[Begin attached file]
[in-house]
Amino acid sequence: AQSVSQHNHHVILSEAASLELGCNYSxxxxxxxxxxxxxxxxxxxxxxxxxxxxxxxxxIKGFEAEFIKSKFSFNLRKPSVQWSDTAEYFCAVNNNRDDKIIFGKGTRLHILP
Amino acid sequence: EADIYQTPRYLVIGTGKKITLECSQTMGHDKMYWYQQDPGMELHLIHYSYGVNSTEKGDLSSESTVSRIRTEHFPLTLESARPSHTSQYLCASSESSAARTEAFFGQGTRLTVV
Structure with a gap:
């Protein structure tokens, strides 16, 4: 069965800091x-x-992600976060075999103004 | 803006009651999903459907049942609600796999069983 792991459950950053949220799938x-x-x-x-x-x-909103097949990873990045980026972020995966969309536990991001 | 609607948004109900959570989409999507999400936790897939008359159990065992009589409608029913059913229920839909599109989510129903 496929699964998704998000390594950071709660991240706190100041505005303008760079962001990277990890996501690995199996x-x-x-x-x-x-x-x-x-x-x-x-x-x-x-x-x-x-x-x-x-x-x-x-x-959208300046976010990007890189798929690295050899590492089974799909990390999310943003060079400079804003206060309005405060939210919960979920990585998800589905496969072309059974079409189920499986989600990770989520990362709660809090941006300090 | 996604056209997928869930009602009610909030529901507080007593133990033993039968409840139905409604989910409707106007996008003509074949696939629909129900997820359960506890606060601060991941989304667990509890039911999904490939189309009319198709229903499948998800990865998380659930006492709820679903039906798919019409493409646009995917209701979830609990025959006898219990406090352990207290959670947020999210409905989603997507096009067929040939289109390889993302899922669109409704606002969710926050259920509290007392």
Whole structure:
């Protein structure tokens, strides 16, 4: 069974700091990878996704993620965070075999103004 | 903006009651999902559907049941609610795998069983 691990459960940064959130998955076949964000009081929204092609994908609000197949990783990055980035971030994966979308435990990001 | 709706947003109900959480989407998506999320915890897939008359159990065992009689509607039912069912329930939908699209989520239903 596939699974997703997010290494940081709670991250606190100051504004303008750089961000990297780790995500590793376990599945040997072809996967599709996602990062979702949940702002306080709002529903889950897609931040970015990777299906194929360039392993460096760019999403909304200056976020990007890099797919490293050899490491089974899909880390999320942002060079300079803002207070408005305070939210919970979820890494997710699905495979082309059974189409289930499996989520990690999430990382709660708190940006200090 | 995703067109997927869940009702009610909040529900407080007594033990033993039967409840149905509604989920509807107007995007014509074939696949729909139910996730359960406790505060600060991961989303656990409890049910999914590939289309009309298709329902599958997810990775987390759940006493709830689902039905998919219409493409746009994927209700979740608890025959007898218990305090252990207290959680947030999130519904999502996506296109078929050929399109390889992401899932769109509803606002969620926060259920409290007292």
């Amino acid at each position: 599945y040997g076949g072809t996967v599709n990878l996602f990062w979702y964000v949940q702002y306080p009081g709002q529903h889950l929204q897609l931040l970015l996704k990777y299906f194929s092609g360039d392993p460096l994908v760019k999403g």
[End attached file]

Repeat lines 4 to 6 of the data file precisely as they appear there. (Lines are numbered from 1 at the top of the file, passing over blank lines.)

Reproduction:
Structure with a gap:
């Protein structure tokens, strides 16, 4: 069965800091x-x-992600976060075999103004 | 803006009651999903459907049942609600796999069983 792991459950950053949220799938x-x-x-x-x-x-909103097949990873990045980026972020995966969309536990991001 | 609607948004109900959570989409999507999400936790897939008359159990065992009589409608029913059913229920839909599109989510129903 496929699964998704998000390594950071709660991240706190100041505005303008760079962001990277990890996501690995199996x-x-x-x-x-x-x-x-x-x-x-x-x-x-x-x-x-x-x-x-x-x-x-x-x-959208300046976010990007890189798929690295050899590492089974799909990390999310943003060079400079804003206060309005405060939210919960979920990585998800589905496969072309059974079409189920499986989600990770989520990362709660809090941006300090 | 996604056209997928869930009602009610909030529901507080007593133990033993039968409840139905409604989910409707106007996008003509074949696939629909129900997820359960506890606060601060991941989304667990509890039911999904490939189309009319198709229903499948998800990865998380659930006492709820679903039906798919019409493409646009995917209701979830609990025959006898219990406090352990207290959670947020999210409905989603997507096009067929040939289109390889993302899922669109409704606002969710926050259920509290007392």
Whole structure: